Whether it’s from a simple cut, a nosebleed, or a serious injury, seeing your own blood is rarely a good sign. After all, unless you’re donating blood, your blood is supposed to remain inside your body, not on the outside. The same holds true if you see blood in your urine. While it could be a sign of a benign problem, blood in the urine is one of the most common bladder cancer symptoms—one that should never be ignored.
Bladder cancer is one type of cancer that can be detected early. You just have to recognize the signs of bladder cancer and seek your doctor’s help. Once you’ve been diagnosed with bladder cancer, you and your physician need to keep a watchful eye for repeat occurrences of the disease.
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Don’t Ignore Bladder Cancer Symptoms
The bladder wall has four layers:
• An innermost lining known as the urothelium
• A thin layer of connective tissue containing blood vessels and nerves
• A thick muscular layer
• An outer layer of fatty tissue
Bladder cancer is considered non-invasive if it is contained to the urothelium, or invasive if it has advanced into the thick bladder muscle. Low-grade bladder tumors tend to grow slowly and stay within the urothelium, while high-grade cancers grow more quickly and are more likely to invade the muscle. The majority of newly diagnosed bladder cancers are low-grade, non-invasive tumors.
If you have bladder cancer, you may experience pain or a burning sensation when you urinate, an increased urge to urinate, or a need to urinate more frequently. (Note that these symptoms are more likely to be caused by noncancerous conditions, such as infections, overactive bladder, or, in men, benign prostate enlargement, also known as benign prostatic hyperplasia or BPH.) People with more advanced bladder cancer may develop pelvic, back, or abdominal pain.
But out of all bladder cancer symptoms, blood in the urine (hematuria) is usually the first to herald the disease. The blood may be copious enough to change the color of the urine to pink, orange, or (less commonly) a deeper red. Oftentimes, hematuria occurs intermittently, and your urine may clear up for weeks or months before you notice blood in it again. In other cases, hematuria is visible only under a microscope and is found as a result of urine tests conducted as part of a routine checkup or when other symptoms are present.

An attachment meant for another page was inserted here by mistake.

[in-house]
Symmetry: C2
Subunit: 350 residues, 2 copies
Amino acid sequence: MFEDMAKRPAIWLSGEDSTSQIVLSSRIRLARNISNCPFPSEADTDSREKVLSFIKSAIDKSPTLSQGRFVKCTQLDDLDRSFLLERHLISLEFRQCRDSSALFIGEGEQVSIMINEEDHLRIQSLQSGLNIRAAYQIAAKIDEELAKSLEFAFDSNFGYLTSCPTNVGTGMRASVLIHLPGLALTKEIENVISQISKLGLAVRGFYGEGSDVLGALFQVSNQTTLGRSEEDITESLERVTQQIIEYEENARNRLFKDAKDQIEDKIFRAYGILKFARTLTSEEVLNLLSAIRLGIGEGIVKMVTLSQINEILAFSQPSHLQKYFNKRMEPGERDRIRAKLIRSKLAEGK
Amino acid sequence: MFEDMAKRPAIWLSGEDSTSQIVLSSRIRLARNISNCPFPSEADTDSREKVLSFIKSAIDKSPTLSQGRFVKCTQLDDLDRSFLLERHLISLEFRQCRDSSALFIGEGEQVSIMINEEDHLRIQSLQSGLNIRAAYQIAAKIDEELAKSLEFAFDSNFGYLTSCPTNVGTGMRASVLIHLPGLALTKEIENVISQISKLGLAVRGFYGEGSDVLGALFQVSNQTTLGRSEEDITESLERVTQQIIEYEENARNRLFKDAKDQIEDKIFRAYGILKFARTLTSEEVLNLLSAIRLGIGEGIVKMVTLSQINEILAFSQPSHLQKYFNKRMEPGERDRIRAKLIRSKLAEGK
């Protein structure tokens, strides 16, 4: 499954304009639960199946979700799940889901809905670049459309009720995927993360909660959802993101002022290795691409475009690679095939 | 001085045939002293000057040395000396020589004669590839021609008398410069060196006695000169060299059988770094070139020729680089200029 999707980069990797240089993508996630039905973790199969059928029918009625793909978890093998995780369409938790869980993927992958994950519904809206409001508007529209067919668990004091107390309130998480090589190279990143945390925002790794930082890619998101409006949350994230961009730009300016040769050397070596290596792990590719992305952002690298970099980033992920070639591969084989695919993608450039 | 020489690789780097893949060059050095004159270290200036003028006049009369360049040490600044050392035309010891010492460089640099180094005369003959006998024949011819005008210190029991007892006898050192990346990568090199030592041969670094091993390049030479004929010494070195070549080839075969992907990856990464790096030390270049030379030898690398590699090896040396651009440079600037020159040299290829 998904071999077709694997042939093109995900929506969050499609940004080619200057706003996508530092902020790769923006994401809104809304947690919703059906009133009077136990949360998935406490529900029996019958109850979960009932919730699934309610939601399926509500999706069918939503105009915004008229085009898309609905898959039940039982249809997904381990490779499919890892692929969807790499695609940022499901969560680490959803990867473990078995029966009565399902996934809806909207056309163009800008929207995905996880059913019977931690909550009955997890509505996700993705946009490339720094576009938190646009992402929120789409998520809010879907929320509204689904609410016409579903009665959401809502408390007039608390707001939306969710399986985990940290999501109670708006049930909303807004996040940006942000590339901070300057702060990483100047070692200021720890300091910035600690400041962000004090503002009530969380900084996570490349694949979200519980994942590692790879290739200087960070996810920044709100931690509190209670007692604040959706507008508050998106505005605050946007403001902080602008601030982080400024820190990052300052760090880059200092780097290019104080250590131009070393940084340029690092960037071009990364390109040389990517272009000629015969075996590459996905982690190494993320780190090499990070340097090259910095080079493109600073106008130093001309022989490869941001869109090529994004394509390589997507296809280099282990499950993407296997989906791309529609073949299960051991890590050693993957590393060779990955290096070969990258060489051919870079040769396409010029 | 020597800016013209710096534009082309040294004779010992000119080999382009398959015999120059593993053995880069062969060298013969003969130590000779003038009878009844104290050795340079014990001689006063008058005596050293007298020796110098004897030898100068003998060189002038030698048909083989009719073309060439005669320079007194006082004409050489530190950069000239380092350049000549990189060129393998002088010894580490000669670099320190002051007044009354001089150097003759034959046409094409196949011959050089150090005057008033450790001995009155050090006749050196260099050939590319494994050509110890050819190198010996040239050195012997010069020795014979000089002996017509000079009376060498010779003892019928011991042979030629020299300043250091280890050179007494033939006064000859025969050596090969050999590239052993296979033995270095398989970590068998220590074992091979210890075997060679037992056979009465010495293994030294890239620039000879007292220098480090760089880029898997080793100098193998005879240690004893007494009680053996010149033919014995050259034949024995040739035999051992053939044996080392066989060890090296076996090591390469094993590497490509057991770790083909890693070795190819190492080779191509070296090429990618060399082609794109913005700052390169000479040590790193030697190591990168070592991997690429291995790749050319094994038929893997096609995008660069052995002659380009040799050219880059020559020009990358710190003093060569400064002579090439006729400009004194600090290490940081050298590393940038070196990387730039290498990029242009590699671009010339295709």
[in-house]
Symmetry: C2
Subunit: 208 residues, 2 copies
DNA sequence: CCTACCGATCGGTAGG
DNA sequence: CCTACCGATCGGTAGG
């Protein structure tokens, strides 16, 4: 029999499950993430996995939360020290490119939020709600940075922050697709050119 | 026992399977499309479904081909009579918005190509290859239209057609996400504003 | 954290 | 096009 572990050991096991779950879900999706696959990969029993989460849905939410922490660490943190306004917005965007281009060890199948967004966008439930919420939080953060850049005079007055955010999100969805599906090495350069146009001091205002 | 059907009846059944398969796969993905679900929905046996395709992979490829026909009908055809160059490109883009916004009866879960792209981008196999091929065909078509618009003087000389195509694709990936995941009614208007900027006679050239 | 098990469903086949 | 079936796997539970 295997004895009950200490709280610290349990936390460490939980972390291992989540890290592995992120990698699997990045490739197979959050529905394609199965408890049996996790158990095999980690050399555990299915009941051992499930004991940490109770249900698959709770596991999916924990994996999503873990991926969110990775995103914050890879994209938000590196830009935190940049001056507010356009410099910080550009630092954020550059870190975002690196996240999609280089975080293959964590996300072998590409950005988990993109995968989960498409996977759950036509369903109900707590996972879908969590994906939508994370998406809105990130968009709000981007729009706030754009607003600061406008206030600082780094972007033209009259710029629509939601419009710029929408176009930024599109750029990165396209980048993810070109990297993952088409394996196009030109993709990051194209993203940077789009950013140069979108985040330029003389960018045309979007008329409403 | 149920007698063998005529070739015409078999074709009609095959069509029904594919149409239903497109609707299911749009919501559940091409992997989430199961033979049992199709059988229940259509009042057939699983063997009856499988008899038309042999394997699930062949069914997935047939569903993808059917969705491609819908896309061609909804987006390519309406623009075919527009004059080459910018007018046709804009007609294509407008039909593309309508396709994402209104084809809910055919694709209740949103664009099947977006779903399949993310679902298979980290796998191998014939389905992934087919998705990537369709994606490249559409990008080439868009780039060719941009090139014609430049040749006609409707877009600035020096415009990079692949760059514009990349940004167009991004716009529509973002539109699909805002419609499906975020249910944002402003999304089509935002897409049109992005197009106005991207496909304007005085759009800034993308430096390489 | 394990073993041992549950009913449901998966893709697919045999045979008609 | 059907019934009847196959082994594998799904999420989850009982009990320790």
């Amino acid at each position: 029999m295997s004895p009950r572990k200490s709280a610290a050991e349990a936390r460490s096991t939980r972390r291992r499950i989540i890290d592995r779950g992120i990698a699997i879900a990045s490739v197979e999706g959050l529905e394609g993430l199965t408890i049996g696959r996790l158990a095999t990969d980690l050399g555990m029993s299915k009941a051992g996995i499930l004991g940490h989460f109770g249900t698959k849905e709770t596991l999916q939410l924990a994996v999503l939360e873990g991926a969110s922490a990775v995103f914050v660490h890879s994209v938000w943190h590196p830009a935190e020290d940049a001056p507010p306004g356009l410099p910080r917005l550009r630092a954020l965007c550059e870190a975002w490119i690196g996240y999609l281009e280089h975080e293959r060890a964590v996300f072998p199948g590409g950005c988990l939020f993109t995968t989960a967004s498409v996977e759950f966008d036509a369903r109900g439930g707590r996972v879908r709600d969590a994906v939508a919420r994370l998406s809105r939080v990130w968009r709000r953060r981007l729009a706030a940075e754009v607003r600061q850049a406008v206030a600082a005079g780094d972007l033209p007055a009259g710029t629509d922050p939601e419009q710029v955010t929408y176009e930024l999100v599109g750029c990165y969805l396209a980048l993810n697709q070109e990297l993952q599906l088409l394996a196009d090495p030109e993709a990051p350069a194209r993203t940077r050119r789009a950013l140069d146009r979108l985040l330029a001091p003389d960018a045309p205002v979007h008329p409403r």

Blood in Urine: What It Might Mean
If you have blood in your urine, that doesn’t necessarily mean you have bladder cancer. Hematuria sometimes may signal a benign condition, such as a urinary tract infection or bladder or kidney stones.
Regardless of the cause, never ignore hematuria. If you do, you might miss out on an opportunity to identify bladder cancer in its earliest, most treatable, stages.
On the Lookout for Bladder Cancer Symptoms
Diagnosing bladder cancer may begin with a simple urinalysis to check for blood in the urine, and it also may include a microscopic review of a urine sample. In addition, your doctor may order testing that identifies the presence of several molecular markers associated with bladder cancer.
The key test for diagnosing bladder cancer is a cystoscopy, in which a physician inserts a thin scope through the urethra to view the bladder lining and biopsy suspicious tissue. Most bladder cancers confined to the urothelium can be scraped away during a cystoscopy, in a treatment known as transurethral resection. Your physician also may order bladder imaging tests.
Experts generally do not recommend routine screening for people at average risk of bladder cancer. However, if you’ve already been treated for the disease, you should schedule regular visits with your doctor. Bladder cancer often returns, so if you’re treated for the disease you must undergo follow-up surveillance involving periodic testing with cystoscopy and other tests. Additionally, to prevent recurrences of bladder cancer, you may receive immunotherapy with bacillus Calmette-Guerin (BCG), a weakened bacteria injected into the bladder that triggers your immune system to attack cancer cells.
For further reading, consult our University Health News post on testicular cancer.
Originally published in May 2016 and updated.